- Section in "massive" chapter for creating adventures about Eberron's cosmology, and how it relates to Great Wheel multiverse, left to DM to decide how sealed off Eberron is by the Progenitor Dragons

- There are extended magical item economy rules in chapter 5, Common magical items are plentiful: buying, selling, crafting rules and price lists.

- Eberron specific monsters and NPCs in the sixth and final chapter, covering things like Daelkyr, Living Spells (3 different Living Spells in the book including Living Cloud Kill, and a template for making more) and various specific NPCs

 
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Comments

doctorbadwolf

Heretic of The Seventh Circle
In the D&D Beyond video about the new Psionic damage Cantrip from the latest UA, Crawford goes out of his way to tie it into the Archivist out of nowhere. Makes me think the Archivist is, one, not dead, and two, possibly wasn't meant for Eberron to begin with. But that's another thread...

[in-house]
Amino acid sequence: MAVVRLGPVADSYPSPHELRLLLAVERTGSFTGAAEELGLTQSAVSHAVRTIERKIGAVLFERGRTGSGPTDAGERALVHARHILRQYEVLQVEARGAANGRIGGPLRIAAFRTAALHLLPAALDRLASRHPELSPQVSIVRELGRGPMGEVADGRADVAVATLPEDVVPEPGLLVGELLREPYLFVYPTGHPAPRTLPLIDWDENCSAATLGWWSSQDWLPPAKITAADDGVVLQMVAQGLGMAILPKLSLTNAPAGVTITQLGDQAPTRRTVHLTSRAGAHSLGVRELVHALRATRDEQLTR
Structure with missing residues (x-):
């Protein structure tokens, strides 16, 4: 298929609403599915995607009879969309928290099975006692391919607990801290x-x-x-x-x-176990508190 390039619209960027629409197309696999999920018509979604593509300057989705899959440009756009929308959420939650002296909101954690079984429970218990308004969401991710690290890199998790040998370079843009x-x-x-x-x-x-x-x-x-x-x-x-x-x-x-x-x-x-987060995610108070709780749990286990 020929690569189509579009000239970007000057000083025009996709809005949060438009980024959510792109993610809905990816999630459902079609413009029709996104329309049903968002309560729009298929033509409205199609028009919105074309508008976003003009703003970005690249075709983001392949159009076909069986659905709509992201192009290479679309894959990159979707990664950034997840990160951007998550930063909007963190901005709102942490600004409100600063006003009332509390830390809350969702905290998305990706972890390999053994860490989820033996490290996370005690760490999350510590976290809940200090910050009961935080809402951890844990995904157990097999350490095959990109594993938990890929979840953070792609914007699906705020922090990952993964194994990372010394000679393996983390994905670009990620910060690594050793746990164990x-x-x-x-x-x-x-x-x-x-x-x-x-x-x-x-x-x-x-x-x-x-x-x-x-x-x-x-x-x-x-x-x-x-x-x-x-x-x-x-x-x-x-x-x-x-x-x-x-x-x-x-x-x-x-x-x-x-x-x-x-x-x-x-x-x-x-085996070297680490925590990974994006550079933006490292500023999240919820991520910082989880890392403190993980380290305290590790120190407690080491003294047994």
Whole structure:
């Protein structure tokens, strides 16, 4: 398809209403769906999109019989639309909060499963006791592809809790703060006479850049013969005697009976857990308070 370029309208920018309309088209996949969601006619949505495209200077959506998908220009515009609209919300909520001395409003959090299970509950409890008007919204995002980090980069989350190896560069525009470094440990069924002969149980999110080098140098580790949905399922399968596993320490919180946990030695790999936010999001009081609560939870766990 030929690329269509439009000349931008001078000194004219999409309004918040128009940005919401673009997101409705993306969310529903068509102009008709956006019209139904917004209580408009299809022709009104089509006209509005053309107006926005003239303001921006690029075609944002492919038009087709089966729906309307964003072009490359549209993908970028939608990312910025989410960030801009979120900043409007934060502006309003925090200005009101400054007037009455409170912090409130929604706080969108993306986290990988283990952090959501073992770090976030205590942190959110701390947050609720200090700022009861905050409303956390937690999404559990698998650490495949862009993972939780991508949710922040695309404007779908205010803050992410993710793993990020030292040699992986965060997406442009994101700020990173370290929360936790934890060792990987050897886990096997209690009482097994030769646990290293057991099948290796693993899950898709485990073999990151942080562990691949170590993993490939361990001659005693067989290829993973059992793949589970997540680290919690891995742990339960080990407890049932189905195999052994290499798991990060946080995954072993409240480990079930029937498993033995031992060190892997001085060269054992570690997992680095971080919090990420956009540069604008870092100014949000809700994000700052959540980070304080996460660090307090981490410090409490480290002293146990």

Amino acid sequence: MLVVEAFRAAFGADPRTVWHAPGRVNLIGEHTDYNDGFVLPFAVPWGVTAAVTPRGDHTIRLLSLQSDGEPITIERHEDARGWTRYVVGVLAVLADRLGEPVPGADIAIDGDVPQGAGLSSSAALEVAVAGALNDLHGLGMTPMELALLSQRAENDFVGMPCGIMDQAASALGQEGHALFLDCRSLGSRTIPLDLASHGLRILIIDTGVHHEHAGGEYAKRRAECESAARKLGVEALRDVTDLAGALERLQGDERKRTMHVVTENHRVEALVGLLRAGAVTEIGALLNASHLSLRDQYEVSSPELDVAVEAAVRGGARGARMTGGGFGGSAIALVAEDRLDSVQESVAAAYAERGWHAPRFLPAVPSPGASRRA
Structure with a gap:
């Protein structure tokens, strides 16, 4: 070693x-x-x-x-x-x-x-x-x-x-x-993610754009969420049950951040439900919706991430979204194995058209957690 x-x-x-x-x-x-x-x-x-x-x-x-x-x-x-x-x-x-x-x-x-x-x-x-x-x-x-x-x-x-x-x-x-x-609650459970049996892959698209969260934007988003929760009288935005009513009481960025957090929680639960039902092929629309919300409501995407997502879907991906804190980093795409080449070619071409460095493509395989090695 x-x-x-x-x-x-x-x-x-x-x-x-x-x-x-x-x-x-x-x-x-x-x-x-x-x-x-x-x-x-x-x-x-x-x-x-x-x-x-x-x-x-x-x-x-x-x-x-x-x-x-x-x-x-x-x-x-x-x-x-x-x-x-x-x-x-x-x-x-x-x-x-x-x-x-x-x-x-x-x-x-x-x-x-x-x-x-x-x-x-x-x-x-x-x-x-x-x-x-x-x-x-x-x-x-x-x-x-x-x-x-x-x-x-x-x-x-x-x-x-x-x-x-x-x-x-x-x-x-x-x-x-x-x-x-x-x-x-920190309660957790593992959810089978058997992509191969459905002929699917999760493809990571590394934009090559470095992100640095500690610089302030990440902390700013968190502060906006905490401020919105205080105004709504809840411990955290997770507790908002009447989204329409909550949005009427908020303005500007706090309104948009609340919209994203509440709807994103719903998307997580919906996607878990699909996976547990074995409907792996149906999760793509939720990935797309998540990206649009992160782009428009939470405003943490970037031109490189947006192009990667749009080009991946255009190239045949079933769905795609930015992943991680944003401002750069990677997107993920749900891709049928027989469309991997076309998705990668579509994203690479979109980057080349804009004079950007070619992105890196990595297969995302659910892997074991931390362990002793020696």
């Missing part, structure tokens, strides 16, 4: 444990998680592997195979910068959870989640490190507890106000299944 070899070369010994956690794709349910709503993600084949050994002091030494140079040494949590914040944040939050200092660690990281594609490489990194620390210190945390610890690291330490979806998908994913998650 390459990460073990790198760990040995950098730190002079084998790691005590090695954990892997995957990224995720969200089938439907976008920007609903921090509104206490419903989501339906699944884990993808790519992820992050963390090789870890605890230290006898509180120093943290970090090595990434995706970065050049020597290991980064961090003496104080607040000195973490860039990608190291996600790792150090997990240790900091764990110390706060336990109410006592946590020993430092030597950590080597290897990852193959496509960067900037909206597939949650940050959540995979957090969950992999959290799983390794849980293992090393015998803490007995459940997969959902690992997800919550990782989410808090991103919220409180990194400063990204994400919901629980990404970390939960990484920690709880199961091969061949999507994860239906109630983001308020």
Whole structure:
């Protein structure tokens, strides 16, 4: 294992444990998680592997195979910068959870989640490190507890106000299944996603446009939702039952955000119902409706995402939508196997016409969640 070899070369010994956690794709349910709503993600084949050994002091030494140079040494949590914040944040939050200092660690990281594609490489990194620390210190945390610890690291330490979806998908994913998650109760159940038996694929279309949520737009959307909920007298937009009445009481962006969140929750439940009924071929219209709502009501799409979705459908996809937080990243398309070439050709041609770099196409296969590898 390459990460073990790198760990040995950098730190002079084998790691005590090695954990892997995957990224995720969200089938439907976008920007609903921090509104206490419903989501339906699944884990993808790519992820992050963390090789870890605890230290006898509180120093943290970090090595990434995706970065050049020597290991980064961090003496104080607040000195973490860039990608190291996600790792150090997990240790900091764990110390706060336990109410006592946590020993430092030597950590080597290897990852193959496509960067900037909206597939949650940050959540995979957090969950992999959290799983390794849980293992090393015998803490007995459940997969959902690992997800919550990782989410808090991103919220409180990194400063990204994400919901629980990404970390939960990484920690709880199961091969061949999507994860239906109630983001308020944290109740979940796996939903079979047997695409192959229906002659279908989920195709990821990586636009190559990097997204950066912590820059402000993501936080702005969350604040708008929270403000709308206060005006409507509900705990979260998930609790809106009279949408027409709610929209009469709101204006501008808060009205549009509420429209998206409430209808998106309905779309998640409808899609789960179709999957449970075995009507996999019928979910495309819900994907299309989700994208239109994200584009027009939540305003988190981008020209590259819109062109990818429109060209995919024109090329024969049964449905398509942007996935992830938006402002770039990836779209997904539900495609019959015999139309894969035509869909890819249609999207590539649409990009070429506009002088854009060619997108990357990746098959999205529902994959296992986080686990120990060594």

I'm holding off on pre-ordering until I see the final cover art.

Crawford said in this video that there will be more Common magic items, specifically to tie into the Artificer's Common magic item building powers.

Well, it is just like Ravnica, and Ravnica was constructed as PHB2/DMG2/MM2 ll in one.
Eh, Ravnica was small, and IIRC had little player stuff other than new races and some items.
 

Gradine

Archivist
What's amusing about all of this is that Keith Baker would be the first person to assert that there is no such thing as a "canonical" Eberron and that every DM should make the decisions about the world they think best serves the stories they want to tell.

And I say that as someone who thinks Eberron elves originating from Correlon is absolute nonsense as is most of what MToF says about the setting.